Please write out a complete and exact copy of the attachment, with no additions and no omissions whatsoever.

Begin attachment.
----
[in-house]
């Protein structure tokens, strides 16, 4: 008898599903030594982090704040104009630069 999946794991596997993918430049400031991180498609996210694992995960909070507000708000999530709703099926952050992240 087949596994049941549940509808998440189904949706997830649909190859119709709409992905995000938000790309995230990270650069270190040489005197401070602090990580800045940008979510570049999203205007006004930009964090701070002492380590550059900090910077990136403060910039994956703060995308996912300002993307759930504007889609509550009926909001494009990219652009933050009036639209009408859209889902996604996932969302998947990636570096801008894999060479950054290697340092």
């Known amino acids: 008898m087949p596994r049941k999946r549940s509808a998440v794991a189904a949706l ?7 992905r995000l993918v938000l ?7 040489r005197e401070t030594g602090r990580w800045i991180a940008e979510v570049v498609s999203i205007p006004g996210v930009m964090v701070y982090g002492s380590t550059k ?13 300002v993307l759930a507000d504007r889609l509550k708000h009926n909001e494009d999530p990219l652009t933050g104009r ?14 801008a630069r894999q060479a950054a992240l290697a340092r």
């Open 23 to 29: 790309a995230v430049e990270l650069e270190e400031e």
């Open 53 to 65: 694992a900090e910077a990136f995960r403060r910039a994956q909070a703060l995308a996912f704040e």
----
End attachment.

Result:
[in-house]
């Protein structure tokens, strides 16, 4: 008898599903030594982090704040104009630069 999946794991596997993918430049400031991180498609996210694992995960909070507000708000999530709703099926952050992240 087949596994049941549940509808998440189904949706997830649909190859119709709409992905995000938000790309995230990270650069270190040489005197401070602090990580800045940008979510570049999203205007006004930009964090701070002492380590550059900090910077990136403060910039994956703060995308996912300002993307759930504007889609509550009926909001494009990219652009933050009036639209009408859209889902996604996932969302998947990636570096801008894999060479950054290697340092």
């Known amino acids: 008898m087949p596994r049941k999946r549940s509808a998440v794991a189904a949706l ?7 992905r995000l993918v938000l ?7 040489r005197e401070t030594g602090r990580w800045i991180a940008e979510v570049v498609s999203i205007p006004g996210v930009m964090v701070y982090g002492s380590t550059k ?13 300002v993307l759930a507000d504007r889609l509550k708000h009926n909001e494009d999530p990219l652009t933050g104009r ?14 801008a630069r894999q060479a950054a992240l290697a340092r």
């Open 23 to 29: 790309a995230v430049e990270l650069e270190e400031e």
């Open 53 to 65: 694992a900090e910077a990136f995960r403060r910039a994956q909070a703060l995308a996912f704040e």